The prevalence estimates of visual impairment resulting from the current study agree well with estimates from other studies which have mostly used Snellen acuity charts (see below). A formal validation study of the GAC method could not be performed in the context of the NDNS survey. But a validation study in adults (mean age 21.5 years), in which the GAC method was compared with the Bailey-Lovie chart, showed that the average difference between the GAC and the Bailey-Lovie measurements was less than three letters (0.067 log unit).15 Although the Glasgow acuity card method was originally developed for use with children, these studies suggest that it has potential for wider use in other population groups and that more validation studies are warranted.
The current study shows that visual impairment is commonly found in British elderly people. In particular older people living in institutions (nursing homes) and females appear to be at increased risk. The disparity of prevalence rates in males and females has also been shown in a number of other studies.16-18 Various studies have also shown high prevalence rates of vision problems in nursing home residents.19-21 This may imply that visual impairment is an unrecognised factor contributing to nursing home placement.19 22
The measurements of visual acuity in NDNS participants were an add-on component to the main measurements planned for the survey. Owing to the resulting restriction in time available for the visual acuity measurements, the Glasgow acuity card test could not be used to measure acuity levels below 6/45. Consequently, blind subjects could not be identified. But because subjects whose vision was below 6/45 were included in the estimates of visual impairment and in the further analyses, the conclusions of this study would not be different had the test level been extended.
Exclusion of NDNS participants who did not consent to a nurse visit may have caused some bias in the estimates of visual impairment prevalence. Females did not agree to the nurse visit as often as males, which may have caused some bias towards better vision levels. However, subjects who reported problems with their eyesight were more often included than those who did not report such problems.
Nursing home residents were more often included than independently living subjects. This would have biased the overall estimated prevalence rates towards worse vision levels because of the observed higher prevalence of visual impairment in people living in institutions. The impact of this selection bias is greatly reduced by the application of the weighting factor which takes oversampling of people in institutions into consideration.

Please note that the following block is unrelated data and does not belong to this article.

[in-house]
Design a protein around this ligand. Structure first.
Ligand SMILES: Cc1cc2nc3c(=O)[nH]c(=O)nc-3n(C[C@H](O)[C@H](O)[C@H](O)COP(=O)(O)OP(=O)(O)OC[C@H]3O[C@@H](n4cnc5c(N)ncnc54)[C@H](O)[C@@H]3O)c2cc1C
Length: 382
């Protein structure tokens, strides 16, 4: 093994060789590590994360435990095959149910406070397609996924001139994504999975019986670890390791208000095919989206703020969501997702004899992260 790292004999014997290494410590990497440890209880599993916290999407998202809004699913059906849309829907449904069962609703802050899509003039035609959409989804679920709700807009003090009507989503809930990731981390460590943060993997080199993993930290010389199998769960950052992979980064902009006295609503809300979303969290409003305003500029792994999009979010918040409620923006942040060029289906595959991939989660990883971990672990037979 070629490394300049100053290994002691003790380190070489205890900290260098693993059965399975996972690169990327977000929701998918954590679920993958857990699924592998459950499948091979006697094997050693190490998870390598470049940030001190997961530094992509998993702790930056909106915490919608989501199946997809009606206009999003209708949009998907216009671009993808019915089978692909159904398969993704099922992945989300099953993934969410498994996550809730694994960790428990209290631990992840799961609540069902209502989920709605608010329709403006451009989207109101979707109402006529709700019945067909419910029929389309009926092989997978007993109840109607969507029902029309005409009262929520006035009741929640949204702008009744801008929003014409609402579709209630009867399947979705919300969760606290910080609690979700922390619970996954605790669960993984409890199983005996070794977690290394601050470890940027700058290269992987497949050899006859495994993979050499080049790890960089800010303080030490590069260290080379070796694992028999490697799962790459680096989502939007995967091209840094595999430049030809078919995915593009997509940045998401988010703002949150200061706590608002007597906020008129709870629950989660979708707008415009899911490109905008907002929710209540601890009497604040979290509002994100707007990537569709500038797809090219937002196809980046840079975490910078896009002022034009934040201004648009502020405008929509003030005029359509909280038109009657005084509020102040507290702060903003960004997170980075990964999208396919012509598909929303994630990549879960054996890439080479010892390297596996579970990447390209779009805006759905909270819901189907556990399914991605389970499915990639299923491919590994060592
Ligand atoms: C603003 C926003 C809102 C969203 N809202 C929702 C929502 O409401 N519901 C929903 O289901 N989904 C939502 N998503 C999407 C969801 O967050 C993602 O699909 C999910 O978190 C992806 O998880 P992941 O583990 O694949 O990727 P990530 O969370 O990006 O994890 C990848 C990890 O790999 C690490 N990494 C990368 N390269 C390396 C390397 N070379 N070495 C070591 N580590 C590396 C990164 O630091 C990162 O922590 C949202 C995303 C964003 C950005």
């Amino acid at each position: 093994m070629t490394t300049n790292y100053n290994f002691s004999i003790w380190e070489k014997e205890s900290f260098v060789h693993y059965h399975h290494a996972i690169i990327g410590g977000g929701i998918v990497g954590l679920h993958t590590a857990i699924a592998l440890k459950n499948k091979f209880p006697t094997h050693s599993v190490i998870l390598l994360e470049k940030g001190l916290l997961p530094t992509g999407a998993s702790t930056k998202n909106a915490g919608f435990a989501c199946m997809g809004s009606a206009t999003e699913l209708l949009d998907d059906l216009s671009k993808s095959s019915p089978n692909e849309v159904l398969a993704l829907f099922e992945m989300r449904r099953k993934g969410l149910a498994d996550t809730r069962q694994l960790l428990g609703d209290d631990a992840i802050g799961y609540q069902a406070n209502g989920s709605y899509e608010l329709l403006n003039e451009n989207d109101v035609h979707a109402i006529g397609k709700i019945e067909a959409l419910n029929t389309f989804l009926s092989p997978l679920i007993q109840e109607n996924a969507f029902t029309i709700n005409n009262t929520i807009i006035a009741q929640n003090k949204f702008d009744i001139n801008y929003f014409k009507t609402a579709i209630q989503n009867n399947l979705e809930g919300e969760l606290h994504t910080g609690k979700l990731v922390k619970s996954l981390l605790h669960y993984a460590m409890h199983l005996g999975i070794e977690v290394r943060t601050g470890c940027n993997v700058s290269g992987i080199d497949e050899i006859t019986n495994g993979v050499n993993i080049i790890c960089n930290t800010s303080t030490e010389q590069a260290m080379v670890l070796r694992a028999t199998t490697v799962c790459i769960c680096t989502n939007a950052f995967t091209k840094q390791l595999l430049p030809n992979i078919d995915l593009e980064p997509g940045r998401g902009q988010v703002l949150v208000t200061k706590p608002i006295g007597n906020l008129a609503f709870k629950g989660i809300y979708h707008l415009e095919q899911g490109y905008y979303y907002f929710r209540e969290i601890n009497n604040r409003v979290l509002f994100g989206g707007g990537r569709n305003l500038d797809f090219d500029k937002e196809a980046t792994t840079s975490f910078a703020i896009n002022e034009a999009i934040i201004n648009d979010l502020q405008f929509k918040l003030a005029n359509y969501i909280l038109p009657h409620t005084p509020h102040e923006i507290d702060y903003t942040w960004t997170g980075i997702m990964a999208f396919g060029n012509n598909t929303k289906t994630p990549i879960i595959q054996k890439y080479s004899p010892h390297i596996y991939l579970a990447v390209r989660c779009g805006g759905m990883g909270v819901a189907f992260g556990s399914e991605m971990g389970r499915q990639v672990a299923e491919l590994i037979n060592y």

Three regional random sample, cross sectional population surveys have been carried out in Britain. They examined community residents (75+ years) of Melton Mowbray, Leicestershire,16 patients (65+ years) from an inner London health centre,23 and elderly people (65+ years) registered with 17 general practice groups in north London.24 These studies found that bilateral visual impairment or blindness existed in 26% (⩽6/18), 15% (<6/12), and 30% (<6/12) of the participants respectively. Both the Melton Mowbray and inner London heath centre study offered the opportunity for the eye examinations to be carried out at the subject's home.
The prevalence of visual impairment varies widely from one study to another depending on definitions of impairment and the nature of the population being studied.5 In particular the age distribution of a sample strongly affects the overall estimate of visual impairment. The prevalence estimates from the Melton Mowbray and inner London health centre studies compare favourably with our results (28% <6/18 and 14% <6/12). However, the age distribution of our sample is best comparable with the Melton Mowbray and north London studies. The inner London study did not include as many very old people as the NDNS survey. The characteristics of the NDNS subjects, which included people from both rural and urban areas, were possibly on average more comparable with those of the Melton Mowbray subjects than of the urban north London sample. In correspondence with our data, all three studies showed a higher prevalence of visual impairment or eye disease in women.